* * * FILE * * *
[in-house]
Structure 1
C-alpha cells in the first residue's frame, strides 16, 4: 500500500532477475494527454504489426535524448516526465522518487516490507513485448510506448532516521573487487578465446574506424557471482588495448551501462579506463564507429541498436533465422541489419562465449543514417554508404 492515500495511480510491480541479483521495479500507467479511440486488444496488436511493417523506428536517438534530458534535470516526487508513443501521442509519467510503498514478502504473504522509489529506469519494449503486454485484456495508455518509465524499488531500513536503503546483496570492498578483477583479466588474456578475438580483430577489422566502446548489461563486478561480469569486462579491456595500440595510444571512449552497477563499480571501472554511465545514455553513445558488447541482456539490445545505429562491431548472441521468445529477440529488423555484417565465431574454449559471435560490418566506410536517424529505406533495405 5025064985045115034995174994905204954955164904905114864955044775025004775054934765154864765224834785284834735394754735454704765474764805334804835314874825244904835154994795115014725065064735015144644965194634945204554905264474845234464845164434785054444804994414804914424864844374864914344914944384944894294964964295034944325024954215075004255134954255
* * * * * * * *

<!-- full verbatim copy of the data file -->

[in-house]
Structure 1
C-alpha cells in the first residue's frame, strides 16, 4: 500500500532477475494527454504489426535524448516526465522518487516490507513485448510506448532516521573487487578465446574506424557471482588495448551501462579506463564507429541498436533465422541489419562465449543514417554508404 492515500495511480510491480541479483521495479500507467479511440486488444496488436511493417523506428536517438534530458534535470516526487508513443501521442509519467510503498514478502504473504522509489529506469519494449503486454485484456495508455518509465524499488531500513536503503546483496570492498578483477583479466588474456578475438580483430577489422566502446548489461563486478561480469569486462579491456595500440595510444571512449552497477563499480571501472554511465545514455553513445558488447541482456539490445545505429562491431548472441521468445529477440529488423555484417565465431574454449559471435560490418566506410536517424529505406533495405 5025064985045115034995174994905204954955164904905114864955044775025004775054934765154864765224834785284834735394754735454704765474764805334804835314874825244904835154994795115014725065064735015144644965194634945204554905264474845234464845164434785054444804994414804914424864844374864914344914944384944894294964964295034944325024954215075004255134954255